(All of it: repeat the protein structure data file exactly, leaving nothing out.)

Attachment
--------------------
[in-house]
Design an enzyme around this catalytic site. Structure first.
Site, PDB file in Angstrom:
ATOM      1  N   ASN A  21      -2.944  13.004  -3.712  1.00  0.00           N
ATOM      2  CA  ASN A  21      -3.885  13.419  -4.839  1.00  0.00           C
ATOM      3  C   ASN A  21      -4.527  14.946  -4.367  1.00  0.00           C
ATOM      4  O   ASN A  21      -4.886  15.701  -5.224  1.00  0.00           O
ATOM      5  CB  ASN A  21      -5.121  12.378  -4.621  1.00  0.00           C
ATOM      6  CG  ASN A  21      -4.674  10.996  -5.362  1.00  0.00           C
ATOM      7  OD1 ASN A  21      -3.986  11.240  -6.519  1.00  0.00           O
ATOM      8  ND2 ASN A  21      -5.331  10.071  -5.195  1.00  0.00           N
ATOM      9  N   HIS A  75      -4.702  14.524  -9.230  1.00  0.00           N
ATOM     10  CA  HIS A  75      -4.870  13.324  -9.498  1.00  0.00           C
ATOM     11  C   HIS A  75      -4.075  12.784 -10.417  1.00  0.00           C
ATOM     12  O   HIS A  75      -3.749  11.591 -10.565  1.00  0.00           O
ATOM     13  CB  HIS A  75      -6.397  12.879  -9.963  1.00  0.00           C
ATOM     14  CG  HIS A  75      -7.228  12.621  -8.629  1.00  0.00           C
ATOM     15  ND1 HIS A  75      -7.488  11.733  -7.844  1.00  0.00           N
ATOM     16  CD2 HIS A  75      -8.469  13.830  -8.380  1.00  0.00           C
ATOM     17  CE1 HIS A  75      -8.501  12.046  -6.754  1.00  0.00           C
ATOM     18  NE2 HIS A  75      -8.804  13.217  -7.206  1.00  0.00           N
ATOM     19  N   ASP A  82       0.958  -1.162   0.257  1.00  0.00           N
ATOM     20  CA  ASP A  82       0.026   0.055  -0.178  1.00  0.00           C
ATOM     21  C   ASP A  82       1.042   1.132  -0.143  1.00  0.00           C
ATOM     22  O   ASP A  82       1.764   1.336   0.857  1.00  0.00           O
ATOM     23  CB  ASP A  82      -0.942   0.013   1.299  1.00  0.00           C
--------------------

[in-house]
Design an enzyme around this catalytic site. Structure first.
Site, PDB file in Angstrom:
ATOM      1  N   ASN A  21      -2.944  13.004  -3.712  1.00  0.00           N
ATOM      2  CA  ASN A  21      -3.885  13.419  -4.839  1.00  0.00           C
ATOM      3  C   ASN A  21      -4.527  14.946  -4.367  1.00  0.00           C
ATOM      4  O   ASN A  21      -4.886  15.701  -5.224  1.00  0.00           O
ATOM      5  CB  ASN A  21      -5.121  12.378  -4.621  1.00  0.00           C
ATOM      6  CG  ASN A  21      -4.674  10.996  -5.362  1.00  0.00           C
ATOM      7  OD1 ASN A  21      -3.986  11.240  -6.519  1.00  0.00           O
ATOM      8  ND2 ASN A  21      -5.331  10.071  -5.195  1.00  0.00           N
ATOM      9  N   HIS A  75      -4.702  14.524  -9.230  1.00  0.00           N
ATOM     10  CA  HIS A  75      -4.870  13.324  -9.498  1.00  0.00           C
ATOM     11  C   HIS A  75      -4.075  12.784 -10.417  1.00  0.00           C
ATOM     12  O   HIS A  75      -3.749  11.591 -10.565  1.00  0.00           O
ATOM     13  CB  HIS A  75      -6.397  12.879  -9.963  1.00  0.00           C
ATOM     14  CG  HIS A  75      -7.228  12.621  -8.629  1.00  0.00           C
ATOM     15  ND1 HIS A  75      -7.488  11.733  -7.844  1.00  0.00           N
ATOM     16  CD2 HIS A  75      -8.469  13.830  -8.380  1.00  0.00           C
ATOM     17  CE1 HIS A  75      -8.501  12.046  -6.754  1.00  0.00           C
ATOM     18  NE2 HIS A  75      -8.804  13.217  -7.206  1.00  0.00           N
ATOM     19  N   ASP A  82       0.958  -1.162   0.257  1.00  0.00           N
ATOM     20  CA  ASP A  82       0.026   0.055  -0.178  1.00  0.00           C
ATOM     21  C   ASP A  82       1.042   1.132  -0.143  1.00  0.00           C
ATOM     22  O   ASP A  82       1.764   1.336   0.857  1.00  0.00           O
ATOM     23  CB  ASP A  82      -0.942   0.013   1.299  1.00  0.00           C